Image from http://www.pbs.org/
Universal Basic Income. As with all political topics, the more you look into it, the more complicated it gets.
Because of this, it’s impossible to say whether it is an entirely good/bad thing, because the answer will always rely on the culture/wealth/size/organisation of the country, the amount they choose to give out, how often its given out, whether it supports or replaces existing financial benefit systems, etc.
But we can assess it in broad terms. It is broadly effective? Is it broadly beneficial? Does it do a better job than other benefit systems?
I’m going to focus on the UK, because that’s where I live.
In the UK, as opposed to the USA, we are more used to government taking an active role in our lives. As such, I think there would be less backlash against it here than there would be in the States.
But I personally don’t think it’s a good idea. Why?
I’ve read the arguments of the pro-UBI side of things, and they make some good points. In fact, if you have any doubts about the moral repercussions of introducing UBI, I would direct you to this page: http://www.scottsantens.com/what-do-we-do-about-drug-users-with-basic-incomes
My chief concern with UBI is that I think the money could be better invested elsewhere.
To give everyone in the UK (roughly 64million people) £150 a week would cost the UK government £9.6billion, or £1.4billion a day. This comes to £499.2billion a year – five times bigger than the annual budget of the NHS, and two thirds of the entire annual spending of the UK, which is around £730billion.
One of the principal arguments for UBI is that, upon observation, even people with drug addictions tend to spend the money given to them responsibly. This £9.6billion then is an extra £9.6billion a week that is put into the UK economy, keeping it healthy. It gives poor and homeless people some disposable income that can be spent on enjoyment or hobbies each week, reducing the chance that they will fall into addiction or depression.
However, wouldn’t such a large sum of money be better invested directly into drug and alcohol addiction centres? Mental health treatment? Improving security funding for finding illegal drugs? Potentially.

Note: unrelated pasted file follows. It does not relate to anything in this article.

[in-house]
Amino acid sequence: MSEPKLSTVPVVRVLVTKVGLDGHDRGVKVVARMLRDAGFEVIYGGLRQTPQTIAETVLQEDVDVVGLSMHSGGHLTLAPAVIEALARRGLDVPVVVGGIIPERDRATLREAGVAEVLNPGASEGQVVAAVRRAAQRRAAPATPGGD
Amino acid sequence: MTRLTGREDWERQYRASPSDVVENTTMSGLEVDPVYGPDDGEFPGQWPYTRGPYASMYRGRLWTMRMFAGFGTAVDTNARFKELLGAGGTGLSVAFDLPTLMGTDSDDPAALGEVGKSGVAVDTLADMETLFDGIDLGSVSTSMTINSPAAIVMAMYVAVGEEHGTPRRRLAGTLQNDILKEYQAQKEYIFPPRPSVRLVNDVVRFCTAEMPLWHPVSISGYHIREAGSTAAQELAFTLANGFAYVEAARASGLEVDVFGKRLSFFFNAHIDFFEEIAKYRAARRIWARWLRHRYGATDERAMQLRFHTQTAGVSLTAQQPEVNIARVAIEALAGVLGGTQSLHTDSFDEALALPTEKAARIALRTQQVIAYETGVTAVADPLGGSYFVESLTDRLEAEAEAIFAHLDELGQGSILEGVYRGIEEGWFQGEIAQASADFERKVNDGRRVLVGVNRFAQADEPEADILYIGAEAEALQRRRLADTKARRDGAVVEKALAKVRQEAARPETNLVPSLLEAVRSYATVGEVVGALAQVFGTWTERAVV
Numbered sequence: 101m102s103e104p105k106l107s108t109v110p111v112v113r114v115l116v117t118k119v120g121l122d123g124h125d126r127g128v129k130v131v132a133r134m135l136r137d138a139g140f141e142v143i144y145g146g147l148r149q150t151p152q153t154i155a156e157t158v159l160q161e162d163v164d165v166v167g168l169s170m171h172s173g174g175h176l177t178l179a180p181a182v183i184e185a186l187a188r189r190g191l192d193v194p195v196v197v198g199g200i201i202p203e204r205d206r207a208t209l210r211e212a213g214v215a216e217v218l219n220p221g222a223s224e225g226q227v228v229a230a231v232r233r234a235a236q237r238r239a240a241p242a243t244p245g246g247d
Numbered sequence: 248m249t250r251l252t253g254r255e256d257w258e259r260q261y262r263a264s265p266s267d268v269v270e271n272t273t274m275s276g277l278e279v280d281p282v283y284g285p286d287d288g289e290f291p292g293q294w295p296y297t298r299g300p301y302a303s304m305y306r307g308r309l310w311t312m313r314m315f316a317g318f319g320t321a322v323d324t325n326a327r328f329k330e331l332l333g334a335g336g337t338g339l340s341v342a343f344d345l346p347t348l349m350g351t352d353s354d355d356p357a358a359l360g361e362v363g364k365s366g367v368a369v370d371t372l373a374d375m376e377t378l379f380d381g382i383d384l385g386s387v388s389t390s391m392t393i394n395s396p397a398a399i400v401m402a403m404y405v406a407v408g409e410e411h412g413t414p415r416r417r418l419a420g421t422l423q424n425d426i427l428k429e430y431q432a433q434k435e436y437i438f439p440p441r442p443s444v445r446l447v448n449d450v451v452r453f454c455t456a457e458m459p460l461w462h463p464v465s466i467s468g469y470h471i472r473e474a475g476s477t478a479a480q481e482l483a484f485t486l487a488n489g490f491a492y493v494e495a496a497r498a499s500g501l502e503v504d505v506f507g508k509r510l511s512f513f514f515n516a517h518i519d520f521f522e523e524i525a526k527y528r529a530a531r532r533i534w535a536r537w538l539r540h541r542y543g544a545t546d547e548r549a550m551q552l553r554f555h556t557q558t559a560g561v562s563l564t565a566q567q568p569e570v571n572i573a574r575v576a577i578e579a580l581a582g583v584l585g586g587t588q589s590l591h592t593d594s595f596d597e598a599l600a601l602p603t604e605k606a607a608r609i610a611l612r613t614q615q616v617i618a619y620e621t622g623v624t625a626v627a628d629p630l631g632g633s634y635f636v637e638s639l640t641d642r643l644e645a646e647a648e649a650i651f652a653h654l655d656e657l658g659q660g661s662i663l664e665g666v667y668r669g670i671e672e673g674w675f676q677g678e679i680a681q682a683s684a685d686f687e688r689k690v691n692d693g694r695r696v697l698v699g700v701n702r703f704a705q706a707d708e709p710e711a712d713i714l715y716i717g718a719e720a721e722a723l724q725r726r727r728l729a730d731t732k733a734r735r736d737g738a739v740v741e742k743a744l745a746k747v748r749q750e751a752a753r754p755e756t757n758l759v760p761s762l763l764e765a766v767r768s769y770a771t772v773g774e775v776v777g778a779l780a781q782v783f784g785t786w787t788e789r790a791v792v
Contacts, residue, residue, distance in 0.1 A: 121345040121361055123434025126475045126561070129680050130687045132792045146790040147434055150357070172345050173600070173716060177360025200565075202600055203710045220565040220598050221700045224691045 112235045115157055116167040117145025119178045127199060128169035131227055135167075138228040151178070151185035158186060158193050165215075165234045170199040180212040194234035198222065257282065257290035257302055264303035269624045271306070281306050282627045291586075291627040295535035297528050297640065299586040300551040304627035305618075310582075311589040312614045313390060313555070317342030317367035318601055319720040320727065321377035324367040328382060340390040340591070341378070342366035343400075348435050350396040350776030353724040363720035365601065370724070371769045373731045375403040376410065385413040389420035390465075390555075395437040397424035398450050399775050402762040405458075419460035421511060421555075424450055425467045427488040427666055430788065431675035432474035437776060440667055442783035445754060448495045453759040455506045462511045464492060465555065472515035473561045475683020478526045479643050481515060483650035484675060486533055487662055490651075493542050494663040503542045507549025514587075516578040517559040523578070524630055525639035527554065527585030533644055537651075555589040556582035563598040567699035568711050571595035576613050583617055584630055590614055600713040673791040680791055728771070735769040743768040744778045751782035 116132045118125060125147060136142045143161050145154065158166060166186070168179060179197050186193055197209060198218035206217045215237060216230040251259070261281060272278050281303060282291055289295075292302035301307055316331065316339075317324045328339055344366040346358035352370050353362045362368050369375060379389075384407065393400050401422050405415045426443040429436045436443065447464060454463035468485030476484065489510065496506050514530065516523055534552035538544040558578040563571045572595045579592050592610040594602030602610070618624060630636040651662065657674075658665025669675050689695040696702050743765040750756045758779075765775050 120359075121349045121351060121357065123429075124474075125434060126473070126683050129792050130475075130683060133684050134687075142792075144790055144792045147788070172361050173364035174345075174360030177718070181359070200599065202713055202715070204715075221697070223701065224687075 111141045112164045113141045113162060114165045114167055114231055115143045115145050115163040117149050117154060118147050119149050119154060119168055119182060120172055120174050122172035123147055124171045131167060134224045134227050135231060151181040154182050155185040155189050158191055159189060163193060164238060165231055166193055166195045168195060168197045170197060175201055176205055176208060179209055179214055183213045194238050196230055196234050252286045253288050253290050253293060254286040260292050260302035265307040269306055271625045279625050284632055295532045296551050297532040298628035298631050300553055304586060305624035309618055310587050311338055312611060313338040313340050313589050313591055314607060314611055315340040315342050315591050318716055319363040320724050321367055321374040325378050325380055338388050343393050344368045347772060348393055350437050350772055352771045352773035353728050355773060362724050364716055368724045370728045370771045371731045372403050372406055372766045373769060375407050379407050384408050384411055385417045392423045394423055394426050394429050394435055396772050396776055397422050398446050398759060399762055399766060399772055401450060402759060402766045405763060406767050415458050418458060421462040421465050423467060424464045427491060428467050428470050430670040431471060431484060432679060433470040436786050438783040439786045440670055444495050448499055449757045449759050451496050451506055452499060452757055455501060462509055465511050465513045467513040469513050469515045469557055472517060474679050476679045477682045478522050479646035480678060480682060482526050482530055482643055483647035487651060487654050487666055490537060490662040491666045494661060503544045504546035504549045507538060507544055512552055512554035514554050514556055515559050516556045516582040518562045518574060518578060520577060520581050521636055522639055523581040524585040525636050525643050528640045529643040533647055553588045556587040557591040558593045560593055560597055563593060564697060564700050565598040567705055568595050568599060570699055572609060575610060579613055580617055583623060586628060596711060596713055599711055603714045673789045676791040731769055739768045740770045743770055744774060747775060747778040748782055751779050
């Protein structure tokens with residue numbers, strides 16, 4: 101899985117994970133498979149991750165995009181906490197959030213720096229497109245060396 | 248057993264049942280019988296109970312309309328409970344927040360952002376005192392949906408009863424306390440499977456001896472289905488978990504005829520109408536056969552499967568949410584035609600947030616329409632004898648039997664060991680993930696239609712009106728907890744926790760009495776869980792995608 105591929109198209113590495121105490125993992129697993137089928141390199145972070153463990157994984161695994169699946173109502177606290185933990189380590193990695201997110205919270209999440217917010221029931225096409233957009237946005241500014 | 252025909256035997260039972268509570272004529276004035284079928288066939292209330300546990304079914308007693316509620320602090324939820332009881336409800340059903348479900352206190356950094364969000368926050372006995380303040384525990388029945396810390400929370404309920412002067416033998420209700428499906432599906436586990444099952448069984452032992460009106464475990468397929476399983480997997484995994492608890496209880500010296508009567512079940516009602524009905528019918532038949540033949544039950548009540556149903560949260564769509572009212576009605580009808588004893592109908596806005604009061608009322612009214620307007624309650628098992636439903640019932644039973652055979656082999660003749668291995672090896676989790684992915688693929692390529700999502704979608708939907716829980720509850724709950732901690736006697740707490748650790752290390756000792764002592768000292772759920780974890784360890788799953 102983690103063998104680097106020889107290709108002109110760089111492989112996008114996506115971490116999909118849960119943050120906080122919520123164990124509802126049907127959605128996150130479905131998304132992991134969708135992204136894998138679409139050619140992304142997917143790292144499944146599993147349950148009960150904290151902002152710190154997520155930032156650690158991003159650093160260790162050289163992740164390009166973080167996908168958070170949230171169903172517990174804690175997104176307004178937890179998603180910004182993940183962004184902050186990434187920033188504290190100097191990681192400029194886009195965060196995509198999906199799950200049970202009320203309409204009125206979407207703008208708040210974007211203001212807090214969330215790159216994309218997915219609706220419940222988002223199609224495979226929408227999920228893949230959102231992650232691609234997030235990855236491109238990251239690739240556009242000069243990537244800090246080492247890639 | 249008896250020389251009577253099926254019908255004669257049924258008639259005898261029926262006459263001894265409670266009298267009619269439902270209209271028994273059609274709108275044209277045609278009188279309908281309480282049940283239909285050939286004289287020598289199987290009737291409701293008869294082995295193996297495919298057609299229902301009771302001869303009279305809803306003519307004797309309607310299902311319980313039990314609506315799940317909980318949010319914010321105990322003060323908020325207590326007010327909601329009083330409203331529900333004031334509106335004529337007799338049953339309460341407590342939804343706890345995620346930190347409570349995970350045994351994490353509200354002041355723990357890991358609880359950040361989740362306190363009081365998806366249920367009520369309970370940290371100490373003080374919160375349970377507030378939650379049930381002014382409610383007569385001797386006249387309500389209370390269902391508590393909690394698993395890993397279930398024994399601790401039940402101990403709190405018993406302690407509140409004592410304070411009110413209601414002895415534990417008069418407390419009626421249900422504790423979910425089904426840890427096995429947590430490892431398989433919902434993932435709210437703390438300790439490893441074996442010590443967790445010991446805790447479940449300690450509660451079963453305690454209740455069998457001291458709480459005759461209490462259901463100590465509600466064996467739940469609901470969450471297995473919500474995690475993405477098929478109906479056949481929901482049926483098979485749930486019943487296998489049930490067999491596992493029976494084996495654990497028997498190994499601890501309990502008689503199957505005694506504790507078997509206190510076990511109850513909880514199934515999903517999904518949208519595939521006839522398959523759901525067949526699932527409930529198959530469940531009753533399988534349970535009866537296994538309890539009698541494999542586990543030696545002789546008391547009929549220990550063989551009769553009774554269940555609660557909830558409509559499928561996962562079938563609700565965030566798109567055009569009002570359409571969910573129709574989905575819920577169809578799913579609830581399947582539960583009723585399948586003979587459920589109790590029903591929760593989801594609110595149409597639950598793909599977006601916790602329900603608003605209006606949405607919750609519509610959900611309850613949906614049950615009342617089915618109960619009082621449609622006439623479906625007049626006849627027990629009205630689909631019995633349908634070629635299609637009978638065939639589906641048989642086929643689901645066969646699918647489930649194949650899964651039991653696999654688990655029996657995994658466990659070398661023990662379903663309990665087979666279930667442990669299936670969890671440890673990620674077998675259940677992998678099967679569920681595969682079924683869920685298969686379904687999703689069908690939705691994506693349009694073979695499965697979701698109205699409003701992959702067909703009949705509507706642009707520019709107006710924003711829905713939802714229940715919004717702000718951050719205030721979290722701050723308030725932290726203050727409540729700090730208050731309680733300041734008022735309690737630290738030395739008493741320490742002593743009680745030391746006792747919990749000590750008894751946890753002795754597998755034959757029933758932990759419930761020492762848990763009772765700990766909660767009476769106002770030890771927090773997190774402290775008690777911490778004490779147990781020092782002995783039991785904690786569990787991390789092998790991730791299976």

I might argue that tackling the cause is better than tackling the effects, but the costs of prevention is so much higher that the UK economy is just not big enough to support it.
So, if UBI is unfeasible, is it possible to reduce the cost? Perhaps by giving money to families instead of individuals? Or people over a certain age? Or reduce tax payments for people who don’t make enough money?
Certainly. And these systems are already in place in the UK. But, as is the nature of political policy, they often don’t serve the public to the extent that they potentially could. This is due to the incredibly slow nature of government, compared to the speed at which society and its needs change.
The problem, then, is to find the ‘sweet spot’ at which these policies provide the best quality of life to the people and the smallest cost. And the problem with this goal is that the sweet spot is always moving.
If this is the goal of the welfare system, I would reject the concept of UBI as being overly costly when compared to the positive impact it would have.
(Bear in mind this is just my opinion, and that others will invariably be different. Also bear in mind that I am not correct by default. Politics is a continual debate and what is ‘right’ changes on a monthly, weekly, daily basis – that’s if something can ever be fully right in politics in the first place. I’m also more than willing to change my mind if someone can present a good argument. So, don’t hesitate to leave a comment if you think I’m wrong!)